South Texas citrus threatened by HLB disease.
The war against Citrus Greening disease goes back to 2005 when Florida’s lucrative citrus industry was assaulted by Asian Citrus psyllids, which led to the devastation of much of the state’s citrus crop and created concern among U.S. citrus growers nationwide at the prospect of facing the threat.
That war against the psylid and the plant-killing bacteria it carries (huanglongbing, better known as HLB) has spread over the last 10-plus years as the pests migrated from the Southeast coast westward to Texas, finally reaching California’s and the rich citrus growing areas.
While advances in research on both the citrus disease and the psyllids that vector it from state to state and country to country have intensified through the years, new technology and defense systems have been and are continuing to be developed in agriculture’s ongoing battle against citrus greening.
A new tool being tested may add to the arsenal of weapons to manage and control the spread of huanglongbing by targeting the reproductive activity of the insect that spreads the disease.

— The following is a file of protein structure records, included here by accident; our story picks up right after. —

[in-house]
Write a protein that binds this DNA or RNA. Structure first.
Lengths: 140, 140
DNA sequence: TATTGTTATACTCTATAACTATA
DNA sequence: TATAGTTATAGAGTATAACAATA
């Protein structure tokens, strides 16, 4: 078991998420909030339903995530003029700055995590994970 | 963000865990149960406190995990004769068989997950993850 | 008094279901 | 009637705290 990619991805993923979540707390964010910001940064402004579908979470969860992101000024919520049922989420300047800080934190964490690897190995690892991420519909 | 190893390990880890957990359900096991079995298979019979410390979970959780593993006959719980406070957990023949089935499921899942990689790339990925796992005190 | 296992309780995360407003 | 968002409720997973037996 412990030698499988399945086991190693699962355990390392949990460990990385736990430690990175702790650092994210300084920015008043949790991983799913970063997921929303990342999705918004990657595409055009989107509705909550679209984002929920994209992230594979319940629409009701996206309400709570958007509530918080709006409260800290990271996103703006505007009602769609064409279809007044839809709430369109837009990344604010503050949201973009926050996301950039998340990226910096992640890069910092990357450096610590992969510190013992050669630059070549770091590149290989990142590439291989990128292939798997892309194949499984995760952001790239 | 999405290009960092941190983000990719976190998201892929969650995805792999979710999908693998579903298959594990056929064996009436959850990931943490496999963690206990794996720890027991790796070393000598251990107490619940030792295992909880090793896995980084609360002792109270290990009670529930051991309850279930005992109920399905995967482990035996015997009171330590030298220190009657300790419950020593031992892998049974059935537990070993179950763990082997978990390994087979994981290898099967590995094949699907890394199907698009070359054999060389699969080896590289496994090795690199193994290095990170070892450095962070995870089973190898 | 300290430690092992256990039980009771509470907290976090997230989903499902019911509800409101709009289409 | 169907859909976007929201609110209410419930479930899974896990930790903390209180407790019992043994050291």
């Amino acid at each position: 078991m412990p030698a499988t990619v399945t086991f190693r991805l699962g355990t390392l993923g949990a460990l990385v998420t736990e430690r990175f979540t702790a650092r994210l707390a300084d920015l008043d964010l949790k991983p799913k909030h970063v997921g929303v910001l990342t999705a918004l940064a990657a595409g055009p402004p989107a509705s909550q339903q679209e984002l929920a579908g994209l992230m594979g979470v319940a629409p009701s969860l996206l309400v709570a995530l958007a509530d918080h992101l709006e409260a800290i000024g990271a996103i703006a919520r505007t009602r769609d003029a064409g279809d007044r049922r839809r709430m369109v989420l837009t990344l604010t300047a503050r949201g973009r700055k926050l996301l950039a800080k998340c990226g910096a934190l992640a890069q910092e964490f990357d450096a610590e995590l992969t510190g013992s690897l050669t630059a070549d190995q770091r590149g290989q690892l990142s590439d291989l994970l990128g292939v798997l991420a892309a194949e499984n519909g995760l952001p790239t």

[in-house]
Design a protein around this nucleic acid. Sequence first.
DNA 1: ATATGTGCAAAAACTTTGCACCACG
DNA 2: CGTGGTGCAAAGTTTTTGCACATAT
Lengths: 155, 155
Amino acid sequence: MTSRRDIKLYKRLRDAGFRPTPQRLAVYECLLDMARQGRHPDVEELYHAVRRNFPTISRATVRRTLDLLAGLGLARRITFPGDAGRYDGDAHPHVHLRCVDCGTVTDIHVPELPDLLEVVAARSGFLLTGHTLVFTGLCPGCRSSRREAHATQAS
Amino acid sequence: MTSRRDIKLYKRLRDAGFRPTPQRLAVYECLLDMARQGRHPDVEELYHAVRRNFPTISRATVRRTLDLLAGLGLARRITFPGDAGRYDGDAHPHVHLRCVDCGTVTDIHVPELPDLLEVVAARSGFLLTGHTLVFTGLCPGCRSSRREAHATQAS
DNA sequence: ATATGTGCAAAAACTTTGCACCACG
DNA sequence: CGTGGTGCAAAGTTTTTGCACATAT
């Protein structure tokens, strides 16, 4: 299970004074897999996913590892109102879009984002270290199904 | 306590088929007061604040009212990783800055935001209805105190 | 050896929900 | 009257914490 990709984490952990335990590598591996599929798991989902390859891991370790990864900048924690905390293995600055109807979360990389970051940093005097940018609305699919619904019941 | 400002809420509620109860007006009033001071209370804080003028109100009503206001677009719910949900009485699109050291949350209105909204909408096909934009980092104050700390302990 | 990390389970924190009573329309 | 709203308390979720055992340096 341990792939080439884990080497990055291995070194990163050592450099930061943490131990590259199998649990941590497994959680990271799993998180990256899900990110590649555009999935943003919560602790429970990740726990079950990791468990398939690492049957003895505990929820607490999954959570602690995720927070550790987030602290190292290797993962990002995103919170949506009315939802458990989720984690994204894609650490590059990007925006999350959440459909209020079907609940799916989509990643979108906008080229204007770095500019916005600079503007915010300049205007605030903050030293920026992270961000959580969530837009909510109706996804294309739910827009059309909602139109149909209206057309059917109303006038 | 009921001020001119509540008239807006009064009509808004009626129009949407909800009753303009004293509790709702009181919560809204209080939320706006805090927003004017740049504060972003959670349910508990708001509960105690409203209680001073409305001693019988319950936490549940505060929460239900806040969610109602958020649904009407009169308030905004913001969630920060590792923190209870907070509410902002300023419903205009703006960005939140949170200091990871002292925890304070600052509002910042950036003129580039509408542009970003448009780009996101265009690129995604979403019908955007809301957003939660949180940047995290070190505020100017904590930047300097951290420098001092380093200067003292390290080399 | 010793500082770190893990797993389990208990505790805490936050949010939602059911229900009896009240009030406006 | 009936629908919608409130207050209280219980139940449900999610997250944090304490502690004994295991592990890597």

HLB is one of the most destructive diseases of citrus worldwide. Originally thought to be caused by a virus, it is now known to be caused by unculturable phloem-limited bacteria. Three forms of greening have been described so far. The African form produces symptoms only under cool conditions and is transmitted by the African citrus psyllid Trioza erytreae; the Asian form prefers warmer conditions and is transmitted by the Asian citrus psyllid Diaphorina citri. Recently, a third American form transmitted by the Asian citrus psyllid was discovered in Brazil. This American form of the disease apparently originated in China.